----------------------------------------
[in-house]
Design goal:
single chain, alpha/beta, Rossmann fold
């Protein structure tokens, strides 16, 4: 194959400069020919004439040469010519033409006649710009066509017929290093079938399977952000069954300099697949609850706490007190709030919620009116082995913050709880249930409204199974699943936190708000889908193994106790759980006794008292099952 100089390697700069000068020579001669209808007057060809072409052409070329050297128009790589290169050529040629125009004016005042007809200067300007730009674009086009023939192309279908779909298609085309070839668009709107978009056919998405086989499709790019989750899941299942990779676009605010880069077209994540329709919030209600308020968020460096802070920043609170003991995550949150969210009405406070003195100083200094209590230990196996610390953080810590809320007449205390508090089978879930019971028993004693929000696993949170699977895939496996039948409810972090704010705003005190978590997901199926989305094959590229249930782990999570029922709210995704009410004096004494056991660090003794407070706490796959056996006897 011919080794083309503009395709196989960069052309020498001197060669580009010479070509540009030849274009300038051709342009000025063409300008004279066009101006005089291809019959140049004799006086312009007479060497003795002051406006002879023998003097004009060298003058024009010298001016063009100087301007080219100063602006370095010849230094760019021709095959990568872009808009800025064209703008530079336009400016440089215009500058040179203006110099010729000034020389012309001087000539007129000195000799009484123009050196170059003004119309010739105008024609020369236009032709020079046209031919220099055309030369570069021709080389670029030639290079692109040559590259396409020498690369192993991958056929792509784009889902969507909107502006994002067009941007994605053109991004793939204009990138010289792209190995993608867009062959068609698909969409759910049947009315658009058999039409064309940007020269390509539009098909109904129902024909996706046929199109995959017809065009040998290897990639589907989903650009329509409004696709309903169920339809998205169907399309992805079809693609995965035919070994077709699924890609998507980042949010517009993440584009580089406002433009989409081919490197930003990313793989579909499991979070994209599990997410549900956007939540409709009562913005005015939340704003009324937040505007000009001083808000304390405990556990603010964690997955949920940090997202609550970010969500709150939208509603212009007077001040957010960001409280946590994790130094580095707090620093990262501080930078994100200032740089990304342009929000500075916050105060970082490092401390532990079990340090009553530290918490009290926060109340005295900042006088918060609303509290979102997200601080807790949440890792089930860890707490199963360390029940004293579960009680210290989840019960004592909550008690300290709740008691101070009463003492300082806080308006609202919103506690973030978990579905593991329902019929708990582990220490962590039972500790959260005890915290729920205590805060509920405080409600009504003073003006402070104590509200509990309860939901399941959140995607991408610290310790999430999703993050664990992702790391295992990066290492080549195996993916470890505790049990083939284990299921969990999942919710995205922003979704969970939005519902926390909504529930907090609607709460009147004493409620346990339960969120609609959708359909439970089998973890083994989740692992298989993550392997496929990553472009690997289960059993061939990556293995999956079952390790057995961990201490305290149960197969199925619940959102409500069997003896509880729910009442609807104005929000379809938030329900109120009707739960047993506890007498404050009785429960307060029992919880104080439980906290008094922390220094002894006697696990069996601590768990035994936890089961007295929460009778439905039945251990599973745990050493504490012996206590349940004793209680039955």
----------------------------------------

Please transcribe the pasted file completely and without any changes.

[in-house]
Design goal:
single chain, alpha/beta, Rossmann fold
């Protein structure tokens, strides 16, 4: 194959400069020919004439040469010519033409006649710009066509017929290093079938399977952000069954300099697949609850706490007190709030919620009116082995913050709880249930409204199974699943936190708000889908193994106790759980006794008292099952 100089390697700069000068020579001669209808007057060809072409052409070329050297128009790589290169050529040629125009004016005042007809200067300007730009674009086009023939192309279908779909298609085309070839668009709107978009056919998405086989499709790019989750899941299942990779676009605010880069077209994540329709919030209600308020968020460096802070920043609170003991995550949150969210009405406070003195100083200094209590230990196996610390953080810590809320007449205390508090089978879930019971028993004693929000696993949170699977895939496996039948409810972090704010705003005190978590997901199926989305094959590229249930782990999570029922709210995704009410004096004494056991660090003794407070706490796959056996006897 011919080794083309503009395709196989960069052309020498001197060669580009010479070509540009030849274009300038051709342009000025063409300008004279066009101006005089291809019959140049004799006086312009007479060497003795002051406006002879023998003097004009060298003058024009010298001016063009100087301007080219100063602006370095010849230094760019021709095959990568872009808009800025064209703008530079336009400016440089215009500058040179203006110099010729000034020389012309001087000539007129000195000799009484123009050196170059003004119309010739105008024609020369236009032709020079046209031919220099055309030369570069021709080389670029030639290079692109040559590259396409020498690369192993991958056929792509784009889902969507909107502006994002067009941007994605053109991004793939204009990138010289792209190995993608867009062959068609698909969409759910049947009315658009058999039409064309940007020269390509539009098909109904129902024909996706046929199109995959017809065009040998290897990639589907989903650009329509409004696709309903169920339809998205169907399309992805079809693609995965035919070994077709699924890609998507980042949010517009993440584009580089406002433009989409081919490197930003990313793989579909499991979070994209599990997410549900956007939540409709009562913005005015939340704003009324937040505007000009001083808000304390405990556990603010964690997955949920940090997202609550970010969500709150939208509603212009007077001040957010960001409280946590994790130094580095707090620093990262501080930078994100200032740089990304342009929000500075916050105060970082490092401390532990079990340090009553530290918490009290926060109340005295900042006088918060609303509290979102997200601080807790949440890792089930860890707490199963360390029940004293579960009680210290989840019960004592909550008690300290709740008691101070009463003492300082806080308006609202919103506690973030978990579905593991329902019929708990582990220490962590039972500790959260005890915290729920205590805060509920405080409600009504003073003006402070104590509200509990309860939901399941959140995607991408610290310790999430999703993050664990992702790391295992990066290492080549195996993916470890505790049990083939284990299921969990999942919710995205922003979704969970939005519902926390909504529930907090609607709460009147004493409620346990339960969120609609959708359909439970089998973890083994989740692992298989993550392997496929990553472009690997289960059993061939990556293995999956079952390790057995961990201490305290149960197969199925619940959102409500069997003896509880729910009442609807104005929000379809938030329900109120009707739960047993506890007498404050009785429960307060029992919880104080439980906290008094922390220094002894006697696990069996601590768990035994936890089961007295929460009778439905039945251990599973745990050493504490012996206590349940004793209680039955």